State of the local commercial real estate market, mid-2012

| July 12, 2012 | 1 Comment

Colliers International will be releasing its 2Q 2012 Market Report for the SF Peninsula region in the next several days. My article on the Office market follows:

The San Francisco Peninsula and surrounding metro area continues its position at the lead of an improving national economy and commercial real estate market.    While the market, it seems, has taken a bit of a breather, with more moderate leasing activity in the first half of 2012 than in the same period a year ago,we are still very much in a generally tight market across the board.

By almost any measure, the commercial real estate market in 2Q 2012 was essentially flat on the SF Peninsula.   The office vacancy rate for the  Peninsula remained virtually unchanged this quarter, and sits mid-year at 11.41%.  For San Mateo County (which does not include the heavily impacted Palo Alto/Mountain View submarkets), a slightly higher rate of 12.46% will be found, also flat from the previous quarter.

For the second consecutive quarter, Net absorption for the Peninsula was negative, albeit only very slightly.  Lease rates appear to be responding to the slowdown in the pace of leasing, ending the quarter at an average of $3.49 for the Peninsula, only nominally higher than last quarter but a 17% gain from a year ago and a 25% increase from the beginning of this market cycle.

Gross absorption, a measure of all leasing activity in the market dropped from the prior period for the second consecutive quarter.  This is the first consequential sustained decline in leasing activity since late 2008, and the current quarter represents the lowest  Gross absorption since  Q4 2010.  A slowdown in activity from the heady levels seen last year surprises no one, and at least some of this moderated pace can be attributed to the shortage of large blocks of space, the impact of which is exaggerated in a small market like the SF Peninsula.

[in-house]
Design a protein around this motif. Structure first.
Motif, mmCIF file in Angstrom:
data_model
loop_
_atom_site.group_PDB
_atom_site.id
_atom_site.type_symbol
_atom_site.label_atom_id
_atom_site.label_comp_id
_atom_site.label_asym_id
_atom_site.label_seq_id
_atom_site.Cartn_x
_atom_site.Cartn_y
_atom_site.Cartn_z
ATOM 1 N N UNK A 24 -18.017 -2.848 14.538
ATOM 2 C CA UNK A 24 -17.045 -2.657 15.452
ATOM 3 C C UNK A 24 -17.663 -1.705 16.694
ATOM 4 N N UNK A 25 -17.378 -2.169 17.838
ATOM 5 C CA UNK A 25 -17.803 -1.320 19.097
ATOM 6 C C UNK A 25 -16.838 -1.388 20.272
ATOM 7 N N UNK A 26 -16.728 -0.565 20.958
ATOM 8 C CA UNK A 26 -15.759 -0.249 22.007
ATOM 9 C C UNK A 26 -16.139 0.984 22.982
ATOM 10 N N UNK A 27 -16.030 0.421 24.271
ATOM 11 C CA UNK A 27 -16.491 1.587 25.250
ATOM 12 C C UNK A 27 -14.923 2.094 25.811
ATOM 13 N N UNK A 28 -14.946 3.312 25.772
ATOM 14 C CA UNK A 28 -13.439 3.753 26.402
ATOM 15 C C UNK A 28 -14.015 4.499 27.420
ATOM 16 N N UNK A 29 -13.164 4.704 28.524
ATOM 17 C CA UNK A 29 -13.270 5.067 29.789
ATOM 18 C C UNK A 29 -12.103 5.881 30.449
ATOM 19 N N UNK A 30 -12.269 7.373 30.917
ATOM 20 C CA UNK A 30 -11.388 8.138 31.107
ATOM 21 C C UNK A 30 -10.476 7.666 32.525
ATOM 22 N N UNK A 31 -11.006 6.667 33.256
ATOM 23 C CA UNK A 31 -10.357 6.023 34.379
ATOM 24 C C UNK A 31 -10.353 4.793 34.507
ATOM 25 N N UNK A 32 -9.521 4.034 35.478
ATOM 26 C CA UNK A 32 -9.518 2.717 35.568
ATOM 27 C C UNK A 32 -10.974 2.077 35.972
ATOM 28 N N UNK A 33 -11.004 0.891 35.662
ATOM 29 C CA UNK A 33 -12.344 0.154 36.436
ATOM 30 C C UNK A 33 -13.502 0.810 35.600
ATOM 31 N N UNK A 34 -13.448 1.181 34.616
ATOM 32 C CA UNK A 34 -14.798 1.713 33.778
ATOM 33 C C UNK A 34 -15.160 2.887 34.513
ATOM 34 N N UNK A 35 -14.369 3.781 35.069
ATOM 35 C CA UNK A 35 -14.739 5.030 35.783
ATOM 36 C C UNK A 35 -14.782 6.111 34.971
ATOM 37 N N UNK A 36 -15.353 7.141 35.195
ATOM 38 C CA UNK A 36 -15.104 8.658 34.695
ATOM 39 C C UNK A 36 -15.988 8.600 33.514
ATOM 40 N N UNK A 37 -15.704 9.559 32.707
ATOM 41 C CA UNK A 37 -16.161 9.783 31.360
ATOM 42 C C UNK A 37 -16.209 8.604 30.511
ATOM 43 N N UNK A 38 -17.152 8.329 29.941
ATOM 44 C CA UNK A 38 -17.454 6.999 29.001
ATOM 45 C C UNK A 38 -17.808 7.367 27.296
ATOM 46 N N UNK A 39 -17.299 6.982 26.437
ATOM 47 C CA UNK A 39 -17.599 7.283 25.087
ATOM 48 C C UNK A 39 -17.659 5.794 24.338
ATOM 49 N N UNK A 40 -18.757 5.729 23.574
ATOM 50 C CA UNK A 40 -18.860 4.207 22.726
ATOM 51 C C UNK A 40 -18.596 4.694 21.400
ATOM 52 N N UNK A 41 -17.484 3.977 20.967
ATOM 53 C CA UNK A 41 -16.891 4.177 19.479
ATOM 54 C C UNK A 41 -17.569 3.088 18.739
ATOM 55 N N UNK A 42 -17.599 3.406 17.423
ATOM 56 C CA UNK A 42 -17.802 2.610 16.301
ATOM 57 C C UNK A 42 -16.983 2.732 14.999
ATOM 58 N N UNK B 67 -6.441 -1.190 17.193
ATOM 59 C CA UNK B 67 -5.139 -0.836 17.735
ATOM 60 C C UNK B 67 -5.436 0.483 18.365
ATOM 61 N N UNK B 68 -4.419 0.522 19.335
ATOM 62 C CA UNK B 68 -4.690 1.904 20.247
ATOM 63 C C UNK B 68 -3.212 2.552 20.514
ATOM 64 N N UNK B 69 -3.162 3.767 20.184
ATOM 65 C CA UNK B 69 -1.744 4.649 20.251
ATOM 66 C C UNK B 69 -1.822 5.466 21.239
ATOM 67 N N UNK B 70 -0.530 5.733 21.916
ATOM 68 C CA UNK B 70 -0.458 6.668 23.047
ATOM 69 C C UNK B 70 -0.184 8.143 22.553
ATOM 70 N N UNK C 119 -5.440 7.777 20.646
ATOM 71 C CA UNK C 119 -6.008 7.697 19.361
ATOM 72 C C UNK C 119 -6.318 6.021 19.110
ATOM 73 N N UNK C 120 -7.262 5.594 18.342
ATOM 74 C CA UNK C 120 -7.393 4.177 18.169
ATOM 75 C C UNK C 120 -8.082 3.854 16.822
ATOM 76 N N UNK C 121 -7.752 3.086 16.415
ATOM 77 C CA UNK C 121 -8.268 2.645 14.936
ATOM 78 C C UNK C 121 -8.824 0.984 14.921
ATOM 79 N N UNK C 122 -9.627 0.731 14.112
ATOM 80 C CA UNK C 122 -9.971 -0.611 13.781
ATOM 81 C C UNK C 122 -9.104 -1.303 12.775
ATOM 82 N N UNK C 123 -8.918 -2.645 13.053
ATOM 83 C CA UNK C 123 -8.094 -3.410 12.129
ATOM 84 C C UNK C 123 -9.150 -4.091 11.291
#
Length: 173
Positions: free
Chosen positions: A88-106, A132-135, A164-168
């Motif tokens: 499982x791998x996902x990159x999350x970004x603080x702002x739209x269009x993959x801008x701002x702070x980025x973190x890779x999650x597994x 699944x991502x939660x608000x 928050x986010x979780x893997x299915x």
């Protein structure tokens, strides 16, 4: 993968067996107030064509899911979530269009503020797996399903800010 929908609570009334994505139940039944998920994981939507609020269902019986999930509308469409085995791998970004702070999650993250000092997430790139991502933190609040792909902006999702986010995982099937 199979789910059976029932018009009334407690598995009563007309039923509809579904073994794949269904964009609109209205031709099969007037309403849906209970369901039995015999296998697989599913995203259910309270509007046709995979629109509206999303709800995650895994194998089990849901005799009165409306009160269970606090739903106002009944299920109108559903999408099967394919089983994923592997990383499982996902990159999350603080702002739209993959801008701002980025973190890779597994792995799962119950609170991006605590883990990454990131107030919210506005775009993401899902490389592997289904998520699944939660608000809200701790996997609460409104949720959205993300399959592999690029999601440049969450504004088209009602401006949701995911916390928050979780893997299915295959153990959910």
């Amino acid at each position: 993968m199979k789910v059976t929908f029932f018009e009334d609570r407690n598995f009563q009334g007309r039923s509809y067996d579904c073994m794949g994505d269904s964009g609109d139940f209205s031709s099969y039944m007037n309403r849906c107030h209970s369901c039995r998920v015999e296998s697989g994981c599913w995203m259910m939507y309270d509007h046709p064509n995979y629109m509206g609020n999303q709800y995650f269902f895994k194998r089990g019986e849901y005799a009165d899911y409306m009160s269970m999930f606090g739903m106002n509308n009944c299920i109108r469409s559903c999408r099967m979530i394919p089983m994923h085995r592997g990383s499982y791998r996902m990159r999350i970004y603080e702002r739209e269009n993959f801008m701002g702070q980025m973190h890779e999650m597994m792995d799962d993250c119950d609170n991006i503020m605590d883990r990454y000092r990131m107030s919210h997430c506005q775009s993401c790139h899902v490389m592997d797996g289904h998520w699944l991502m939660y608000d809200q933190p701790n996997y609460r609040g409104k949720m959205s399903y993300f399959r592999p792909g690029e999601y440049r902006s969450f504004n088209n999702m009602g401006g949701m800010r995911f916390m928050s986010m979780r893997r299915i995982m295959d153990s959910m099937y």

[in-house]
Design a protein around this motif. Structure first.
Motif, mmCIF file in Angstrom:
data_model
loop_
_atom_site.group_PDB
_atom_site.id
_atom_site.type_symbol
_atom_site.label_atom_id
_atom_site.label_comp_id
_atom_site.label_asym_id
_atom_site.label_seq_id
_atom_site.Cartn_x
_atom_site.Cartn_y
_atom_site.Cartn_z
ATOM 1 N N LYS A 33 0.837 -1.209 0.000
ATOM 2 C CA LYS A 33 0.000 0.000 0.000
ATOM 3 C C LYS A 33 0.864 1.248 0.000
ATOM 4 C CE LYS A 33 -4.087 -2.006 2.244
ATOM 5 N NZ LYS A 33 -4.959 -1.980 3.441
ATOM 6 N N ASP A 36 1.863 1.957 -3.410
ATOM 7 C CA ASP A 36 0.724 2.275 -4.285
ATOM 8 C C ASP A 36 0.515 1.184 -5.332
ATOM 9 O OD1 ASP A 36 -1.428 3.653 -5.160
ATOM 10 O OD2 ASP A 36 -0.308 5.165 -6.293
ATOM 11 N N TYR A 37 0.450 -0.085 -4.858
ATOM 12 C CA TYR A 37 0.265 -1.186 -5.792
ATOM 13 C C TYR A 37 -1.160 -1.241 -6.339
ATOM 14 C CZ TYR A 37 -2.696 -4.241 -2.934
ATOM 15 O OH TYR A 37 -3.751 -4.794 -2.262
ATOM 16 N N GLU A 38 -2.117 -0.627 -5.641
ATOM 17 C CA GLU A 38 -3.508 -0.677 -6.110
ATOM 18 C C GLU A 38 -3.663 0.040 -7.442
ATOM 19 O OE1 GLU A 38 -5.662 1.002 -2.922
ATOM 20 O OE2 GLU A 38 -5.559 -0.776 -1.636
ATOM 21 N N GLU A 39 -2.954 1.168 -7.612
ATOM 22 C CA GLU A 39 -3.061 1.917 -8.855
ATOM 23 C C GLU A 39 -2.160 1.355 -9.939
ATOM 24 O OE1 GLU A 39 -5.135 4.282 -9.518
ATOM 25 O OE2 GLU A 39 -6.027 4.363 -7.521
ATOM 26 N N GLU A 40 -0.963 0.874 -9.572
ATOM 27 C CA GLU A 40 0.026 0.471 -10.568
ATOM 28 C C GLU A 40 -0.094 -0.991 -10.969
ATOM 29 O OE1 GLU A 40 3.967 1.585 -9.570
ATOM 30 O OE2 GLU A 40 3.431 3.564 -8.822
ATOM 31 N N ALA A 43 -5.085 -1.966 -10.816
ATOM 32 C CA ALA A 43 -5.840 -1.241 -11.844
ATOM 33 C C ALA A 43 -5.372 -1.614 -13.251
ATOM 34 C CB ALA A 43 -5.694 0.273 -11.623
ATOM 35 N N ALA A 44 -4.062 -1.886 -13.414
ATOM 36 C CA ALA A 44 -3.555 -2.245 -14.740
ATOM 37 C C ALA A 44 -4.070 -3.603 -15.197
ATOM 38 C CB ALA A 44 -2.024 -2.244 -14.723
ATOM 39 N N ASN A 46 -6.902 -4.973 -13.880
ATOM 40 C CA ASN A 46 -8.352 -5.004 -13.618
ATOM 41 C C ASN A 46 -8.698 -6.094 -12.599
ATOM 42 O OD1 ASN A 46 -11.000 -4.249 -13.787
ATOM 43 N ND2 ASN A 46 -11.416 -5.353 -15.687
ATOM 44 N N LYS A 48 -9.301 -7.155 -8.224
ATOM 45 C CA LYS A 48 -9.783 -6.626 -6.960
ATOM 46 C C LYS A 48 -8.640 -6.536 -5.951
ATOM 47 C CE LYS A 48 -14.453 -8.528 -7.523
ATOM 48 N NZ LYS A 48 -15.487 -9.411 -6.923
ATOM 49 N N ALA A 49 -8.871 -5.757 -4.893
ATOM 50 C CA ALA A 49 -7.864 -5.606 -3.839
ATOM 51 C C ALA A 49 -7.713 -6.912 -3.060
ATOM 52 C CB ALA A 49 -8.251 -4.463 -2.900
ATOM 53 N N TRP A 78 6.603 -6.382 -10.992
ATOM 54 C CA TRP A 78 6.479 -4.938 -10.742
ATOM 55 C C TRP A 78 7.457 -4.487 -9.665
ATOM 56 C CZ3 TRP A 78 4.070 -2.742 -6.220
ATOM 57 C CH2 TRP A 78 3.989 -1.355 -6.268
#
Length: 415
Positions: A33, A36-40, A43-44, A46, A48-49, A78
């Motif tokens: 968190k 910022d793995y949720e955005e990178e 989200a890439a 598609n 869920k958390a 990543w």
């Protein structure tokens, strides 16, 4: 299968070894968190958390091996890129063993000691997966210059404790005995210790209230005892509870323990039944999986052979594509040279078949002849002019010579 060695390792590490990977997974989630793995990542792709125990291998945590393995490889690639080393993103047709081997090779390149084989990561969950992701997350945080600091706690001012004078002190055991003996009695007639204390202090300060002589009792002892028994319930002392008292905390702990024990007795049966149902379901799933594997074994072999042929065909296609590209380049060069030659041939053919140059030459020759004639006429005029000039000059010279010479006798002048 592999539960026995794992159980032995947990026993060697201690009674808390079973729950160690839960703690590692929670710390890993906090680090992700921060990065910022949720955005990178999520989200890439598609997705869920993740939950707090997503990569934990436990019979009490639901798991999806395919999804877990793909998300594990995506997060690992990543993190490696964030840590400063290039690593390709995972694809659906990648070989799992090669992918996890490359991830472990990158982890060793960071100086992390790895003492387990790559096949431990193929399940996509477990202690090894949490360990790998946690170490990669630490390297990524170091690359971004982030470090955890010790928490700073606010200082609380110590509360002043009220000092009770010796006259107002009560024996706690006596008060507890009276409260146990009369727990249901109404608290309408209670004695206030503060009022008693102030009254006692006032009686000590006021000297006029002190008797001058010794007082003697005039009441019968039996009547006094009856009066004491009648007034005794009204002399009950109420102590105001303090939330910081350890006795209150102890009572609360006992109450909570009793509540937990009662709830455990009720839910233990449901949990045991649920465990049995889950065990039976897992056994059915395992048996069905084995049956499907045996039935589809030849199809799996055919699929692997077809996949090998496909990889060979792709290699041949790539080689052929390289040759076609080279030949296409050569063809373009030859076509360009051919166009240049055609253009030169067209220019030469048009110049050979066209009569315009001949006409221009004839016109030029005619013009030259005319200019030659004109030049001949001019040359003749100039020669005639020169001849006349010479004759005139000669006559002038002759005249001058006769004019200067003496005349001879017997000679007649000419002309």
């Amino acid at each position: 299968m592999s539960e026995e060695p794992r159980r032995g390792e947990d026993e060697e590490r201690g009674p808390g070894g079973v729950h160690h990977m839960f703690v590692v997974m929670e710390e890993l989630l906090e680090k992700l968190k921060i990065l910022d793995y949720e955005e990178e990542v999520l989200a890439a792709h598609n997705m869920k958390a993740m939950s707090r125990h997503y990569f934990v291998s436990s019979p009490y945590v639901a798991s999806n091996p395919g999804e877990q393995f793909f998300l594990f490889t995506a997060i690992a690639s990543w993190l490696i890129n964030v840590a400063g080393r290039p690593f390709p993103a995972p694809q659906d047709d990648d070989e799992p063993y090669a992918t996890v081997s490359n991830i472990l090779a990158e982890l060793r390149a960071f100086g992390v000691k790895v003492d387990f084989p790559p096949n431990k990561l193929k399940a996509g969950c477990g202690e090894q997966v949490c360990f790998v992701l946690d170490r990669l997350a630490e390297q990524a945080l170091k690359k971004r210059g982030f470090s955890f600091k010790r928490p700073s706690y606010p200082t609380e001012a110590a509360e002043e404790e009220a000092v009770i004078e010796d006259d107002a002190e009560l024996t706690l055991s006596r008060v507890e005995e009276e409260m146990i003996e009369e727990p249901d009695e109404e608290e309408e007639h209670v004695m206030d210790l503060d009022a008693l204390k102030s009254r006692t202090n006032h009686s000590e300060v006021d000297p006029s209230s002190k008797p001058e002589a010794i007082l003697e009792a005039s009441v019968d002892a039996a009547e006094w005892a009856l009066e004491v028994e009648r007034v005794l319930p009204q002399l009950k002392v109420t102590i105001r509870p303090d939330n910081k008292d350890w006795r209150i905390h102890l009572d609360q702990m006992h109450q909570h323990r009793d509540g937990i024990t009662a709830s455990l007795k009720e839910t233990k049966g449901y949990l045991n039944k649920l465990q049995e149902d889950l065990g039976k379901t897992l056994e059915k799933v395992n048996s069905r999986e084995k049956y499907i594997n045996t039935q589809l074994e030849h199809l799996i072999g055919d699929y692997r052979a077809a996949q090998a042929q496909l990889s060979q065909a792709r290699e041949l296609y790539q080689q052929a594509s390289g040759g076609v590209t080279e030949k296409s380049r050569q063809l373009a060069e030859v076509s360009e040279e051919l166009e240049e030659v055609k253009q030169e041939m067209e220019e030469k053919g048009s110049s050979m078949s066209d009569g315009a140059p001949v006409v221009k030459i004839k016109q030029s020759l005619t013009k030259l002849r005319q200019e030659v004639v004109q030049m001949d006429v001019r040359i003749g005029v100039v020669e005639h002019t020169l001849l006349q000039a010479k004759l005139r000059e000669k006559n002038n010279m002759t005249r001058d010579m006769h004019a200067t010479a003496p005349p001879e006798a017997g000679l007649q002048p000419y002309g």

The largest leases that drove the aggressive market upswing in 2011 have become scarce at the midpoint of 2012, likely due at least in part to a lack of available inventory.   While last quarter saw the majority of office leasing activity (well over 60%) generated by transactions in excess of 20,000 sf, the current quarter only saw a fairly modest 255,000 square feet of ‘major’ leases, or 38% of San Mateo County’s total.    At first glance, this could be interpreted as a negative sign, but it likely represents the beginning of a broader recovery as small users become a bigger driver.    Noteworthy transactions for the second quarter of 2012 include SuccessFactor’s 87,067 sf lease at Centennial Towers, South San Francisco, LiveOps’  42,165 sf Redwood Shores commitment and Sonitus Medical’s 25,170 sf lease in San Mateo.

At present, sublease space makes up a relatively inconsequential part of the overall market, accounting for roughly 15% of available square footage.   There has, however, been an acceleration in sublease availabilities coming to market.    While any risk of volatility from a glut of sublease space seems distant at the moment, this is likely the greatest risk factor in the mid-term for the local market.

The San Francisco Peninsula market appears to have stabilized.   Secondary locations should continue to benefit from single digit vacancy rates in virtually every downtown core on the Peninsula, and the scarcity of large blocks of space will keep rents strong in business park locations.  Going forward, it seems likely, barring drastic economic changes or the influx of substantial sublease square footage to the market, that this steady state will continue.


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  1. Core downtown markets remain tight | Opinion of Value | July 12, 2012

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